How America Got Revenge for Pearl Harbor (In 30 Seconds)

Michael Peck

Key point: The real recompense for the Doolittle flyers and the murdered Chinese civilians came on September 2, 1945, when Japan formally surrendered.

At noon on April 18, 1942, the citizens of Tokyo looked up into the sky and saw the impossible.

Zooming low over the imperial capital was a flight of twin-engined bombers. Nothing surprising about that in wartime Japan. Except that these aircraft were painted olive-drab, with red-white-and-blue stars on their wings and fuselage.

They were American planes dropping bombs on the sacred soil of Japan. As the crump of explosions and the drone of aircraft motors faded, and the air raid sirens belatedly wailed, Tokyoites asked themselves a fateful question:

What just happened?

The Doolittle Raid seventy-five years ago was more than one of history’s most momentous air attacks. It was also one of the most economical. The Allies dropped 2.7 million tons of bombs on Germany, and the United States dropped seven million tons on Vietnam. And still the Nazis and the Communists continued to fight. Yet sixteen B-25 bombers carrying perhaps sixteen tons of bombs managed to change the course of history.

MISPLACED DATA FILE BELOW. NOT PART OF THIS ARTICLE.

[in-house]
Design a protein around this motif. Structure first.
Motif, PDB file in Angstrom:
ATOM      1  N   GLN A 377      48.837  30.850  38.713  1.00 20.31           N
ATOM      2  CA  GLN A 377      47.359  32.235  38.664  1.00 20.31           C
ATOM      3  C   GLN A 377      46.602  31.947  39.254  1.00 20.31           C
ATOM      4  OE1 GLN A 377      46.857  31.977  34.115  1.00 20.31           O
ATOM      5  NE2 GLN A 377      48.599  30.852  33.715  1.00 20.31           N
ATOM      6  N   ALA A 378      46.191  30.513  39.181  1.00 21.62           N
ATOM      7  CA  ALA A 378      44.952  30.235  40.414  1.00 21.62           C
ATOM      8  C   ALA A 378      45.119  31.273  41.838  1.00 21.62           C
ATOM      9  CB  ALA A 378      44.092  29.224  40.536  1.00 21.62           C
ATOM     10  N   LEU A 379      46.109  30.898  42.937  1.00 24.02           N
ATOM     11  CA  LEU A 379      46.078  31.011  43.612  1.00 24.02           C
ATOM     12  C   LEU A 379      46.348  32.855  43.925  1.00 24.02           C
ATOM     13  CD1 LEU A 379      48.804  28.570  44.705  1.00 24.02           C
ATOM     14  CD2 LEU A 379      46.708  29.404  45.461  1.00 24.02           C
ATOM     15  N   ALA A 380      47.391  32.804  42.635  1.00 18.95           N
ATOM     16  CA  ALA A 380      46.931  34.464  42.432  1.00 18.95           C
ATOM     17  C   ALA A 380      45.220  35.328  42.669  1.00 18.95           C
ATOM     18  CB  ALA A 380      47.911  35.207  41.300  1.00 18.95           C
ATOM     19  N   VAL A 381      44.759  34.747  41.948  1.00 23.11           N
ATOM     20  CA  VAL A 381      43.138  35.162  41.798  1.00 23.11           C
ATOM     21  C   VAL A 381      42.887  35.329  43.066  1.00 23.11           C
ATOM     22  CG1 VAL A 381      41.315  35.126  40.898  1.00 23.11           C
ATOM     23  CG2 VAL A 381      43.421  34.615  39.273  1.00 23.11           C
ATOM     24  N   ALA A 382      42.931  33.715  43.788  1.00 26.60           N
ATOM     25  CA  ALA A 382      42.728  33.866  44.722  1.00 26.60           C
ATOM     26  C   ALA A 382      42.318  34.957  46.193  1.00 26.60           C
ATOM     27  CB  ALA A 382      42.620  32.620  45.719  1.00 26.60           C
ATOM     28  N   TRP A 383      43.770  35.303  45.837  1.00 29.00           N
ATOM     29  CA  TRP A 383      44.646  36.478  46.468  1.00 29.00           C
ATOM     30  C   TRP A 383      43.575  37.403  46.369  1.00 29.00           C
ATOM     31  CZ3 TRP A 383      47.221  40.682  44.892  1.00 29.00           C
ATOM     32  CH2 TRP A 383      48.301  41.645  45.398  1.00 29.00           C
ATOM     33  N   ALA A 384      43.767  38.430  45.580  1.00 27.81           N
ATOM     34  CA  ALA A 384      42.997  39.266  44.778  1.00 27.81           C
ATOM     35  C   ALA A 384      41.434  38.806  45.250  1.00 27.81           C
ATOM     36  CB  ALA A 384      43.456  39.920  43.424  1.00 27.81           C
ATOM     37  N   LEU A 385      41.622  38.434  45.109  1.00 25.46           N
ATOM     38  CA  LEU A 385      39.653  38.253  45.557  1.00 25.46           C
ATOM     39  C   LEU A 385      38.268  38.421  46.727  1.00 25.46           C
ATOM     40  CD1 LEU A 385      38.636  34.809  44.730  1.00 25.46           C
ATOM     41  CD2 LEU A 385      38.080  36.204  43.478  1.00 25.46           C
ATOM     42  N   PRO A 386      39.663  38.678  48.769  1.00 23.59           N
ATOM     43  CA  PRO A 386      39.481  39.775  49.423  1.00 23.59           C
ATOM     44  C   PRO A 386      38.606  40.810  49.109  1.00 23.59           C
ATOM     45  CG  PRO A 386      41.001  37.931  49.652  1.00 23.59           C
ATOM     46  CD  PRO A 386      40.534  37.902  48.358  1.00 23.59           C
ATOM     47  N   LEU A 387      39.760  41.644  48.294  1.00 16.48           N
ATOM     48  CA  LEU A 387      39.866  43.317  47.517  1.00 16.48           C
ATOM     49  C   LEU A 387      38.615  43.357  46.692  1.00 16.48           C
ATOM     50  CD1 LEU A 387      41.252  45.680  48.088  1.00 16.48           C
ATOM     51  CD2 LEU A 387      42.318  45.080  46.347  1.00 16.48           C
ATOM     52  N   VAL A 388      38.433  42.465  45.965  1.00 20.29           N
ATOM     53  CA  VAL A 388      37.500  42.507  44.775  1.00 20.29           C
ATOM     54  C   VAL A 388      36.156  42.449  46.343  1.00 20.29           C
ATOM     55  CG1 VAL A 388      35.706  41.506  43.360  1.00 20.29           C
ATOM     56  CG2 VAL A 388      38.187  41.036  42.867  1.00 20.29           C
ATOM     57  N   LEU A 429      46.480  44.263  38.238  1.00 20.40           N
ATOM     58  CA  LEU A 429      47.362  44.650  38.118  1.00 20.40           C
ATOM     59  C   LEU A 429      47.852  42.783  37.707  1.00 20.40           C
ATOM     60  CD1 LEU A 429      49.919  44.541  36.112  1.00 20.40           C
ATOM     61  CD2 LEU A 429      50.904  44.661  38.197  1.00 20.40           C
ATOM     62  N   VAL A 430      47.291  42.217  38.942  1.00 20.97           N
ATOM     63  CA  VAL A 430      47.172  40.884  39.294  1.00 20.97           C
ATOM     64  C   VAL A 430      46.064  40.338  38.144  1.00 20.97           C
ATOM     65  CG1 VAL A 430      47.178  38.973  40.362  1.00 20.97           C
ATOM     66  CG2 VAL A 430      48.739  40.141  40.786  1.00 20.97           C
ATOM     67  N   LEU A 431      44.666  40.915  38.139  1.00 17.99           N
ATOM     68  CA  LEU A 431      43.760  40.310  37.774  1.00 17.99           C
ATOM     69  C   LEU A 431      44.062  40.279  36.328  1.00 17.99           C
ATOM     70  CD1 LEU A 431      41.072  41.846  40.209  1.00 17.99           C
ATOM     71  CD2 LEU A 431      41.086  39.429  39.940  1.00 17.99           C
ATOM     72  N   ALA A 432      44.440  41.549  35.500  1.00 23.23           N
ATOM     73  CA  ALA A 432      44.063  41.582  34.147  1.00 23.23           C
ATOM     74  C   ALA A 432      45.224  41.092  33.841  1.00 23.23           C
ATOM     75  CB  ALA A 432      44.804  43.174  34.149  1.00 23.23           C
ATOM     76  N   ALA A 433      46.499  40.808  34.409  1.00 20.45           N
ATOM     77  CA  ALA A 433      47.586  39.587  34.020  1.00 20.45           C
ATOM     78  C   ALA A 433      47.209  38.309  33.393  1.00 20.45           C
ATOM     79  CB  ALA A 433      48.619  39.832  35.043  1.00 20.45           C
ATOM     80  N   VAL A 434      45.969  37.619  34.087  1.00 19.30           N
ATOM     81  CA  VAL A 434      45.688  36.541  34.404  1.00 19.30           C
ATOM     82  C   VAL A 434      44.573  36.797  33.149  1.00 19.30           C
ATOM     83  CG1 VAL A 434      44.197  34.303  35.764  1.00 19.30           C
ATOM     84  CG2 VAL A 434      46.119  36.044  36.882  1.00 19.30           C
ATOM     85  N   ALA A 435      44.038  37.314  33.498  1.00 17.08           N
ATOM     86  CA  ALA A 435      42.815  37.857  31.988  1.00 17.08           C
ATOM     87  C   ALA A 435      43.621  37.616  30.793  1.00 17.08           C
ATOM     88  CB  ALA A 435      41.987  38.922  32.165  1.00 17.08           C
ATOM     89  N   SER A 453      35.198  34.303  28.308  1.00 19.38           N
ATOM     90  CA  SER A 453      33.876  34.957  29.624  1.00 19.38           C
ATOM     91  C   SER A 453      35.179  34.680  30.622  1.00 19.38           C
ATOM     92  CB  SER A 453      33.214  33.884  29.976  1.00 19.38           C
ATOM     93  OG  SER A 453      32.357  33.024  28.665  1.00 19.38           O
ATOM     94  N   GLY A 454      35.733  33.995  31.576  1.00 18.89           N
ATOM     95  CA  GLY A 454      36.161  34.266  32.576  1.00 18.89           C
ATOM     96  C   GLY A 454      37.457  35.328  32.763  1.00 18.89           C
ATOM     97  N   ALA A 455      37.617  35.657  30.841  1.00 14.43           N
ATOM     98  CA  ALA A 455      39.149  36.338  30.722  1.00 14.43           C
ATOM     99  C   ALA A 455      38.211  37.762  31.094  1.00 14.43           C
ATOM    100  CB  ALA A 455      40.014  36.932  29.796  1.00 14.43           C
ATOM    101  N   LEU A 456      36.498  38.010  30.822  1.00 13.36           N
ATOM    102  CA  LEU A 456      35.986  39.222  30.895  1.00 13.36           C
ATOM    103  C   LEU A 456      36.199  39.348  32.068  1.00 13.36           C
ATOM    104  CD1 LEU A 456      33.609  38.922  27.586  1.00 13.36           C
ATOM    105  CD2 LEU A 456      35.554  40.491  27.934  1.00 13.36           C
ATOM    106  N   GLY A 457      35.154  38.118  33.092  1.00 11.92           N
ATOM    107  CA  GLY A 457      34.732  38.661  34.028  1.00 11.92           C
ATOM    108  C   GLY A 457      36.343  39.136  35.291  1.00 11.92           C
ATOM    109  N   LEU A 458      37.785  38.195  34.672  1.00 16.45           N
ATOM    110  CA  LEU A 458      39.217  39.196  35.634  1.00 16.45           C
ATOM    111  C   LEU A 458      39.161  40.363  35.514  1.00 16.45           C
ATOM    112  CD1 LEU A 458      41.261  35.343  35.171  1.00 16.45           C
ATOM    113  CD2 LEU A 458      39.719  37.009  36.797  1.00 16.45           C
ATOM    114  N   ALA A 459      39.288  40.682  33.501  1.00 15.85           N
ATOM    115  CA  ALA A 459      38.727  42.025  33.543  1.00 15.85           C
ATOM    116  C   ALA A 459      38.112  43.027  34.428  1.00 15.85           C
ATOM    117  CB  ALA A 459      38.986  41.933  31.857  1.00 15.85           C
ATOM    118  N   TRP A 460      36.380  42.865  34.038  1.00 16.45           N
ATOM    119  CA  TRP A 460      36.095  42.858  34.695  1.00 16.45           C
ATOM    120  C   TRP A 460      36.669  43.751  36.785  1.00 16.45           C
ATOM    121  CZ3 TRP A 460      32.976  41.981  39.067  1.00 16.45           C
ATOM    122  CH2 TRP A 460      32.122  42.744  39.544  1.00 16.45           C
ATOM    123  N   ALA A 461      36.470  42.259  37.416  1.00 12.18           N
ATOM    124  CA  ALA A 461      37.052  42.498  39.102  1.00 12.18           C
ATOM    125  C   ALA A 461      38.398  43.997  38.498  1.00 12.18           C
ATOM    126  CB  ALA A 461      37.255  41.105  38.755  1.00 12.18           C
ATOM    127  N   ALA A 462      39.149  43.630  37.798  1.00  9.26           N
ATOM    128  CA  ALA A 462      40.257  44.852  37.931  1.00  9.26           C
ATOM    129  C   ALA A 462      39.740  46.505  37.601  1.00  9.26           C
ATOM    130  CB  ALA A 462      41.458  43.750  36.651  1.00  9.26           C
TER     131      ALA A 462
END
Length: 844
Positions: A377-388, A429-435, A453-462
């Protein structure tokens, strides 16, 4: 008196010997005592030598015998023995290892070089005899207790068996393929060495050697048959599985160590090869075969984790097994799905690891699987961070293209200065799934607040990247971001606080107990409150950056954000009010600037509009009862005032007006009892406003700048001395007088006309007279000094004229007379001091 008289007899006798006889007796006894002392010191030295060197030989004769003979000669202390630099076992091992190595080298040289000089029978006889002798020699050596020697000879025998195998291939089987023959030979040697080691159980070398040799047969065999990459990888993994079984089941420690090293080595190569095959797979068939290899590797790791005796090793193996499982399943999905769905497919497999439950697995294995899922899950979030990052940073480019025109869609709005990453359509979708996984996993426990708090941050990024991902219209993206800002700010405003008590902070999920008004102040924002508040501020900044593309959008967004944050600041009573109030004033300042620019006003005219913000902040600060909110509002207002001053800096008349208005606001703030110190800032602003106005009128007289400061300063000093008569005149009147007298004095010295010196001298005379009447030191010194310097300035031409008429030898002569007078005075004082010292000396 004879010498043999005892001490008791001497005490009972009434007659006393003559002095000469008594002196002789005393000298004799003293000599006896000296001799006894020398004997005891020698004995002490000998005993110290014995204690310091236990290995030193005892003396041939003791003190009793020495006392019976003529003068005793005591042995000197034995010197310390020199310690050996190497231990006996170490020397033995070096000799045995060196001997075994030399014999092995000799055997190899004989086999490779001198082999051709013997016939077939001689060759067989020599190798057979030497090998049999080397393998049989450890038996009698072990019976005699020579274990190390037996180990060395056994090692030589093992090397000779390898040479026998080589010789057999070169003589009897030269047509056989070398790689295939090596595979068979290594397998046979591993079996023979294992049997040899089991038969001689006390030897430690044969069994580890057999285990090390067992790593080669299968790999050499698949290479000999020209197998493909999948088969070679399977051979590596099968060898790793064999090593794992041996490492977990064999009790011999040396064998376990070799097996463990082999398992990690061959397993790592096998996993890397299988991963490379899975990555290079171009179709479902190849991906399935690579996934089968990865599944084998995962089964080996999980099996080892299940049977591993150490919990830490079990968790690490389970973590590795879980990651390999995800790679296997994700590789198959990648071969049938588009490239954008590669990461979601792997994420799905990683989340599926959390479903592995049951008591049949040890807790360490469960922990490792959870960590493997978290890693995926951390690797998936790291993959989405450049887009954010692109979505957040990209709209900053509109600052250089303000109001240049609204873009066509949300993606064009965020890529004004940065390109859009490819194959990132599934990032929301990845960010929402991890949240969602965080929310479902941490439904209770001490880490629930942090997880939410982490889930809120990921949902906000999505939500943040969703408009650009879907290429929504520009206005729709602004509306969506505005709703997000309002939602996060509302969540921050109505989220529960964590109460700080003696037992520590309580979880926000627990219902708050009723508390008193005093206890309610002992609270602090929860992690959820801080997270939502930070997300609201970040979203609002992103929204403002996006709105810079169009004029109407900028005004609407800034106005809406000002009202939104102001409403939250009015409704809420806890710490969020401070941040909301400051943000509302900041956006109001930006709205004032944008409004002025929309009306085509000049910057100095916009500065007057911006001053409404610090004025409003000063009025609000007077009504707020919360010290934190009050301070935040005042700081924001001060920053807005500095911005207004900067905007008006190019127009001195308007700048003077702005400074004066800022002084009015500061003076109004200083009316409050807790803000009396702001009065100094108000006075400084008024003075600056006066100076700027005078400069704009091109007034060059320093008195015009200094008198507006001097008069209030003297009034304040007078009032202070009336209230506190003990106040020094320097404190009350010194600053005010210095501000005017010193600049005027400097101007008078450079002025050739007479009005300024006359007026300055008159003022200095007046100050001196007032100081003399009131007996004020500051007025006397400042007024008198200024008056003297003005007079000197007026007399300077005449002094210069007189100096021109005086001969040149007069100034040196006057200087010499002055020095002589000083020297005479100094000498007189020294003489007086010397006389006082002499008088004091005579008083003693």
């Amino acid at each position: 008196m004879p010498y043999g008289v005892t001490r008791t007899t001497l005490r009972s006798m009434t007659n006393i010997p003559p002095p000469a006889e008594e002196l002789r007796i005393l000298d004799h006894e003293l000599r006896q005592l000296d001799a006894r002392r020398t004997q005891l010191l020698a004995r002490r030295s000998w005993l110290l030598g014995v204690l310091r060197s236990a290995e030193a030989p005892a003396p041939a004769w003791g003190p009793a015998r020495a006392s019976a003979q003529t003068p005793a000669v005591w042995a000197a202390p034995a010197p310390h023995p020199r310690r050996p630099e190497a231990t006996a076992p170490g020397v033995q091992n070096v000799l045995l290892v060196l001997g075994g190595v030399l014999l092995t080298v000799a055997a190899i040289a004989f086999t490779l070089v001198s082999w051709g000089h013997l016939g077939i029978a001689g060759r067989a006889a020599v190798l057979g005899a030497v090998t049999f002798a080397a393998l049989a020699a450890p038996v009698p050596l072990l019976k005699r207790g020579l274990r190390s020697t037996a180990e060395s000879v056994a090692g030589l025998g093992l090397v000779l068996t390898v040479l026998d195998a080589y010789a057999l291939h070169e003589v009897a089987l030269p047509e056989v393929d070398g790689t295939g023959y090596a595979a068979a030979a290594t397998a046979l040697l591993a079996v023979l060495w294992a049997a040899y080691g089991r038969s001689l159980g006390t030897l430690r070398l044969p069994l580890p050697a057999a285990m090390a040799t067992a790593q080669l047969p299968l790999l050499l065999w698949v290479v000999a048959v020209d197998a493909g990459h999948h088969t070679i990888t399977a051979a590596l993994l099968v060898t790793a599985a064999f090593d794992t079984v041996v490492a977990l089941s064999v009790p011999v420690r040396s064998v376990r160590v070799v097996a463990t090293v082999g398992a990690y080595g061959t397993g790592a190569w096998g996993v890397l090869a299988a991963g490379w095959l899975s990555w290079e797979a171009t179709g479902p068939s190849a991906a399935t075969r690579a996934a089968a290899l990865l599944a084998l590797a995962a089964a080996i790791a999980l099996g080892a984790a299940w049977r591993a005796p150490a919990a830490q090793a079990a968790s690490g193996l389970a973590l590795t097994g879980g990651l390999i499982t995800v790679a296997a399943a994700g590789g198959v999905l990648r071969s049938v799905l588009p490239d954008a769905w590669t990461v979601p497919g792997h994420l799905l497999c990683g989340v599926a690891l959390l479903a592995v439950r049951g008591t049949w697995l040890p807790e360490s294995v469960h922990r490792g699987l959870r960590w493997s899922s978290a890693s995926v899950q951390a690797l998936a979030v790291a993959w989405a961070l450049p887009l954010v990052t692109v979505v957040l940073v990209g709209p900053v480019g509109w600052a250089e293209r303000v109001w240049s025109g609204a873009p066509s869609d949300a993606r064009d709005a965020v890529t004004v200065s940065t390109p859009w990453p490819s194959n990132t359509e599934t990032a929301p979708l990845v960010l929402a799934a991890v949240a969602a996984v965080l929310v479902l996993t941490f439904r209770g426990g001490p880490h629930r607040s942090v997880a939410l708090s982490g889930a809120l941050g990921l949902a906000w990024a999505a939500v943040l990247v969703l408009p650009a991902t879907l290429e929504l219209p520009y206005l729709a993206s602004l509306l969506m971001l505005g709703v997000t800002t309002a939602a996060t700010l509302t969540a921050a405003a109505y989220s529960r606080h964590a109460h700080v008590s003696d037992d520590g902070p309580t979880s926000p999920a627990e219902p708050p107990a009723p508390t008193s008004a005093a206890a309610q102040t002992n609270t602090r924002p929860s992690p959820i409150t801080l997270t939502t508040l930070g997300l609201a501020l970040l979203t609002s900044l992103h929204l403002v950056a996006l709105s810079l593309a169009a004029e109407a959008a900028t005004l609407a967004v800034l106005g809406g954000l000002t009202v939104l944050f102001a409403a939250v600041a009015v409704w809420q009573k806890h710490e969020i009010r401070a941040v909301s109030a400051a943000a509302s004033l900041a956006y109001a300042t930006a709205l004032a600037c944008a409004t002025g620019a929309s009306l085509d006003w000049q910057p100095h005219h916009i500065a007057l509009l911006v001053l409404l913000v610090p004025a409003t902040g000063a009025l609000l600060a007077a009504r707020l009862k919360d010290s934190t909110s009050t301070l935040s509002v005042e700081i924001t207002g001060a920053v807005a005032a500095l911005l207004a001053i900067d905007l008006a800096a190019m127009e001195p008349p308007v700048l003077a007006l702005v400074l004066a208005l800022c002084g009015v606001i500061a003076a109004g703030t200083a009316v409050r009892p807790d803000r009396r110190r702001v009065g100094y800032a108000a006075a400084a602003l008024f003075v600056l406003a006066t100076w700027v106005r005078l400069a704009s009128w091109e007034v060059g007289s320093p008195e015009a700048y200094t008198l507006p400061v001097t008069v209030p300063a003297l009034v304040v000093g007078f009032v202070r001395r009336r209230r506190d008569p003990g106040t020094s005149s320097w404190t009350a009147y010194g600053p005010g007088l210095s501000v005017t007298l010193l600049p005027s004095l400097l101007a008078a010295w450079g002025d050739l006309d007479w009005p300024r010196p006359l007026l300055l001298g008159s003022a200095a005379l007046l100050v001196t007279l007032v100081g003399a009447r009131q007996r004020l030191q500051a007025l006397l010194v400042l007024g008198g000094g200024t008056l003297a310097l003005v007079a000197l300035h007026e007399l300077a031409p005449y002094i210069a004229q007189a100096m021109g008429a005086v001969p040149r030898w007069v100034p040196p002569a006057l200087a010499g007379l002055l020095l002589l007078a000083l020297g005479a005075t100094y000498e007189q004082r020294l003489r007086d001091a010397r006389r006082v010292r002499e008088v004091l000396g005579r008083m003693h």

It was a stunning reversal. In war, momentum is everything, and Japan was the one that had it in the early spring of 1942. Within four months, they had decimated the U.S. fleet at Pearl Harbor, conquered Southeast Asia, the oil-rich Dutch East Indies and the islands of the Central Pacific, and were about to compel the last battered U.S. defenders in the Philippines to surrender.

America needed to reverse the momentum with a victory—any kind of victory—to bolster morale and take back the initiative. President Roosevelt had the right idea: days after Pearl Harbor, he called for the Japanese homeland to be bombed in retaliation. But how? Not with heavy bombers like the B-17, because with the air bases in the Philippines gone, land-based planes were out of range. Carrier-based aircraft? U.S. Navy carrier planes had a combat range of perhaps 250 miles, and the Navy didn’t dare sail its handful of precious carriers that close to Japan.

Then a Navy officer had a bright idea: was it possible for U.S. Army Air Force land-based bombers, with much longer range than carrier planes, to be launched off an aircraft carrier sailing near Japan? It turned out that the new twin-engined B-25B Mitchell medium bomber could perform the mission.

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